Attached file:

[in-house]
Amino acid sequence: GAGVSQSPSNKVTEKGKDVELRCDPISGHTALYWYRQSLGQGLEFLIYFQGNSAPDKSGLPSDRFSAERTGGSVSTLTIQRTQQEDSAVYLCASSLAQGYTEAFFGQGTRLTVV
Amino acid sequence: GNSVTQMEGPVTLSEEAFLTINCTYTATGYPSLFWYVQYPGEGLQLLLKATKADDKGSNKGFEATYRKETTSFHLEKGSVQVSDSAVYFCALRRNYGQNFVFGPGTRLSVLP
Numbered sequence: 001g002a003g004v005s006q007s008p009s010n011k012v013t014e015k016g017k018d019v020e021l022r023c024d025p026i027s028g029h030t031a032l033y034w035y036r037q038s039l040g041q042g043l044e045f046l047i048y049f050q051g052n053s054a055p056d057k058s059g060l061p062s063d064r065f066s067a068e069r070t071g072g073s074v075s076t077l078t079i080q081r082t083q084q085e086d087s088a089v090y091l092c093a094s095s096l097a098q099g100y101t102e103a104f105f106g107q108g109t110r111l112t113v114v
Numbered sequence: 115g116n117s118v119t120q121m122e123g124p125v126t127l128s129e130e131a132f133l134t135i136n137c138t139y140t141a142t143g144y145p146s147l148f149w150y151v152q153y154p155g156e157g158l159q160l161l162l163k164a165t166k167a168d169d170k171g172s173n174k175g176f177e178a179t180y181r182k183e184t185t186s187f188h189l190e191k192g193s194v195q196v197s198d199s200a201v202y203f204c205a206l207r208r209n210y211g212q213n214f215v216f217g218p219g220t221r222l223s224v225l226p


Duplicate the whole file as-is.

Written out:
[in-house]
Amino acid sequence: GAGVSQSPSNKVTEKGKDVELRCDPISGHTALYWYRQSLGQGLEFLIYFQGNSAPDKSGLPSDRFSAERTGGSVSTLTIQRTQQEDSAVYLCASSLAQGYTEAFFGQGTRLTVV
Amino acid sequence: GNSVTQMEGPVTLSEEAFLTINCTYTATGYPSLFWYVQYPGEGLQLLLKATKADDKGSNKGFEATYRKETTSFHLEKGSVQVSDSAVYFCALRRNYGQNFVFGPGTRLSVLP
Numbered sequence: 001g002a003g004v005s006q007s008p009s010n011k012v013t014e015k016g017k018d019v020e021l022r023c024d025p026i027s028g029h030t031a032l033y034w035y036r037q038s039l040g041q042g043l044e045f046l047i048y049f050q051g052n053s054a055p056d057k058s059g060l061p062s063d064r065f066s067a068e069r070t071g072g073s074v075s076t077l078t079i080q081r082t083q084q085e086d087s088a089v090y091l092c093a094s095s096l097a098q099g100y101t102e103a104f105f106g107q108g109t110r111l112t113v114v
Numbered sequence: 115g116n117s118v119t120q121m122e123g124p125v126t127l128s129e130e131a132f133l134t135i136n137c138t139y140t141a142t143g144y145p146s147l148f149w150y151v152q153y154p155g156e157g158l159q160l161l162l163k164a165t166k167a168d169d170k171g172s173n174k175g176f177e178a179t180y181r182k183e184t185t186s187f188h189l190e191k192g193s194v195q196v197s198d199s200a201v202y203f204c205a206l207r208r209n210y211g212q213n214f215v216f217g218p219g220t221r222l223s224v225l226p